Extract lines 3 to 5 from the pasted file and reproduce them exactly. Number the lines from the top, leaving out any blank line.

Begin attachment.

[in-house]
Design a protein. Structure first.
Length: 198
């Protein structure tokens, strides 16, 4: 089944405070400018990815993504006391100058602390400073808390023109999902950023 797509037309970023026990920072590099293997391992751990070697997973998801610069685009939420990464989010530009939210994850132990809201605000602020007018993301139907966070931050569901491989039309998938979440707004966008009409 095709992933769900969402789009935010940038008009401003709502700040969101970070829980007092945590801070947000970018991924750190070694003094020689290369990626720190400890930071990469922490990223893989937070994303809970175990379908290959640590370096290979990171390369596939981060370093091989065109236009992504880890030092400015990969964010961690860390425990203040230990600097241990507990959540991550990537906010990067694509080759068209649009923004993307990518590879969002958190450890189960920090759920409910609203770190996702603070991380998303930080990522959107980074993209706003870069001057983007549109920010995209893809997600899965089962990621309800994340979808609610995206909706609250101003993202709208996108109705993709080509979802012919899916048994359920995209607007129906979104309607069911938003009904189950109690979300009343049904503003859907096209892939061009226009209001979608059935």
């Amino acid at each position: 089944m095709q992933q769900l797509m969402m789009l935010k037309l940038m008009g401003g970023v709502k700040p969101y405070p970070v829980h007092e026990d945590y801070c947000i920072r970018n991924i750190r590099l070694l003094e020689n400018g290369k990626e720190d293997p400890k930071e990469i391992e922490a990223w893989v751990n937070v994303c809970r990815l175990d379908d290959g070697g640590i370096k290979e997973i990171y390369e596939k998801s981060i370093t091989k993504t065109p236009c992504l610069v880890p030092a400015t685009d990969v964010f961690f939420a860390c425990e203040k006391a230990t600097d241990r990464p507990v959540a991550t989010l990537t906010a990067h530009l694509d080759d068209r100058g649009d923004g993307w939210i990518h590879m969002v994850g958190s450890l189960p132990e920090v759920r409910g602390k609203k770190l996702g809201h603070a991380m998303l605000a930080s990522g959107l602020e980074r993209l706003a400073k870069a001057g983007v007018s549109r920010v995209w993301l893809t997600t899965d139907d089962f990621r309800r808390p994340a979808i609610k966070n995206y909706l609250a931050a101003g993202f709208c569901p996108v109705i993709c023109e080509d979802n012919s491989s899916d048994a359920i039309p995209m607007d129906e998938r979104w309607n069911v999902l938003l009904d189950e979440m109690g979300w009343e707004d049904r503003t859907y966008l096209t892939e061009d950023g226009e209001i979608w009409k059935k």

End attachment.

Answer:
Length: 198
């Protein structure tokens, strides 16, 4: 089944405070400018990815993504006391100058602390400073808390023109999902950023 797509037309970023026990920072590099293997391992751990070697997973998801610069685009939420990464989010530009939210994850132990809201605000602020007018993301139907966070931050569901491989039309998938979440707004966008009409 095709992933769900969402789009935010940038008009401003709502700040969101970070829980007092945590801070947000970018991924750190070694003094020689290369990626720190400890930071990469922490990223893989937070994303809970175990379908290959640590370096290979990171390369596939981060370093091989065109236009992504880890030092400015990969964010961690860390425990203040230990600097241990507990959540991550990537906010990067694509080759068209649009923004993307990518590879969002958190450890189960920090759920409910609203770190996702603070991380998303930080990522959107980074993209706003870069001057983007549109920010995209893809997600899965089962990621309800994340979808609610995206909706609250101003993202709208996108109705993709080509979802012919899916048994359920995209607007129906979104309607069911938003009904189950109690979300009343049904503003859907096209892939061009226009209001979608059935």
């Amino acid at each position: 089944m095709q992933q769900l797509m969402m789009l935010k037309l940038m008009g401003g970023v709502k700040p969101y405070p970070v829980h007092e026990d945590y801070c947000i920072r970018n991924i750190r590099l070694l003094e020689n400018g290369k990626e720190d293997p400890k930071e990469i391992e922490a990223w893989v751990n937070v994303c809970r990815l175990d379908d290959g070697g640590i370096k290979e997973i990171y390369e596939k998801s981060i370093t091989k993504t065109p236009c992504l610069v880890p030092a400015t685009d990969v964010f961690f939420a860390c425990e203040k006391a230990t600097d241990r990464p507990v959540a991550t989010l990537t906010a990067h530009l694509d080759d068209r100058g649009d923004g993307w939210i990518h590879m969002v994850g958190s450890l189960p132990e920090v759920r409910g602390k609203k770190l996702g809201h603070a991380m998303l605000a930080s990522g959107l602020e980074r993209l706003a400073k870069a001057g983007v007018s549109r920010v995209w993301l893809t997600t899965d139907d089962f990621r309800r808390p994340a979808i609610k966070n995206y909706l609250a931050a101003g993202f709208c569901p996108v109705i993709c023109e080509d979802n012919s491989s899916d048994a359920i039309p995209m607007d129906e998938r979104w309607n069911v999902l938003l009904d189950e979440m109690g979300w009343e707004d049904r503003t859907y966008l096209t892939e061009d950023g226009e209001i979608w009409k059935k």